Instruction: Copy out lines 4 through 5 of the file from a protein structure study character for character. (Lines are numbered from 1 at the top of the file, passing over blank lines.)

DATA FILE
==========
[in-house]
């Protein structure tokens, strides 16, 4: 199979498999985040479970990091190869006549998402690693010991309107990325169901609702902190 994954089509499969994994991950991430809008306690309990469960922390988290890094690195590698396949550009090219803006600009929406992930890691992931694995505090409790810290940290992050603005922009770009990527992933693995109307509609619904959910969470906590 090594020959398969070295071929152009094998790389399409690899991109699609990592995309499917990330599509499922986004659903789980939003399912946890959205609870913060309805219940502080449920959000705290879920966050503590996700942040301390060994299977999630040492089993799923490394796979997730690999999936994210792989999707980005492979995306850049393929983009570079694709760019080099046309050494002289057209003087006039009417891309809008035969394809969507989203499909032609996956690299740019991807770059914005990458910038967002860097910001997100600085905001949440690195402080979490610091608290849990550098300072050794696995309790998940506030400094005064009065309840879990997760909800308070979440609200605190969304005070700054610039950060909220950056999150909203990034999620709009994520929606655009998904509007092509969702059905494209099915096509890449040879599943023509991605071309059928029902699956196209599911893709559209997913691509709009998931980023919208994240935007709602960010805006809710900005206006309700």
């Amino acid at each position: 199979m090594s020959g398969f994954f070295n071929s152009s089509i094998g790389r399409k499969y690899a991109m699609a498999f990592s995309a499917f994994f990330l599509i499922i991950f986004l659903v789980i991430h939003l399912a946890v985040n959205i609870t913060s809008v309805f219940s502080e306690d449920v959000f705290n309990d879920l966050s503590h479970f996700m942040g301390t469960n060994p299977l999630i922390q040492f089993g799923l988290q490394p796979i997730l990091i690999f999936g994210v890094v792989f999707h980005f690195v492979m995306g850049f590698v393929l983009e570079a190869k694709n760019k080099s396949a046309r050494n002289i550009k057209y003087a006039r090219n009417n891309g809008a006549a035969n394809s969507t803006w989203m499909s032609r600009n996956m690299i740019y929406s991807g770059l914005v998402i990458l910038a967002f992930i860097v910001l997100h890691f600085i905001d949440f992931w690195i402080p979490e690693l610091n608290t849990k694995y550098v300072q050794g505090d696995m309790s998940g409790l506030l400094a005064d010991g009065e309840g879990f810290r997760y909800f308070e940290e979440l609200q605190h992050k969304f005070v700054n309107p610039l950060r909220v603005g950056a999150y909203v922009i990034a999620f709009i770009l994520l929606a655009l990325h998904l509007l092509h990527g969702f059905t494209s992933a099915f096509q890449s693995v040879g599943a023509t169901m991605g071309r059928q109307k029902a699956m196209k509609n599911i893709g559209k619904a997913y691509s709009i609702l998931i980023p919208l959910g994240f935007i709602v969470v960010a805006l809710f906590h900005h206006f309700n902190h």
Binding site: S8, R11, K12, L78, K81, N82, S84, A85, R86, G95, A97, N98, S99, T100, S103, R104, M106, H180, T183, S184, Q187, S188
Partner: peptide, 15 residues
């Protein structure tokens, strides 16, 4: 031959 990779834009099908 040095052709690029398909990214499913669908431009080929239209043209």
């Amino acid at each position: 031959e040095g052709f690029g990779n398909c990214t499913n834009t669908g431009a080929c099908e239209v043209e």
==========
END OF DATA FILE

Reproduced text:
Binding site: S8, R11, K12, L78, K81, N82, S84, A85, R86, G95, A97, N98, S99, T100, S103, R104, M106, H180, T183, S184, Q187, S188
Partner: peptide, 15 residues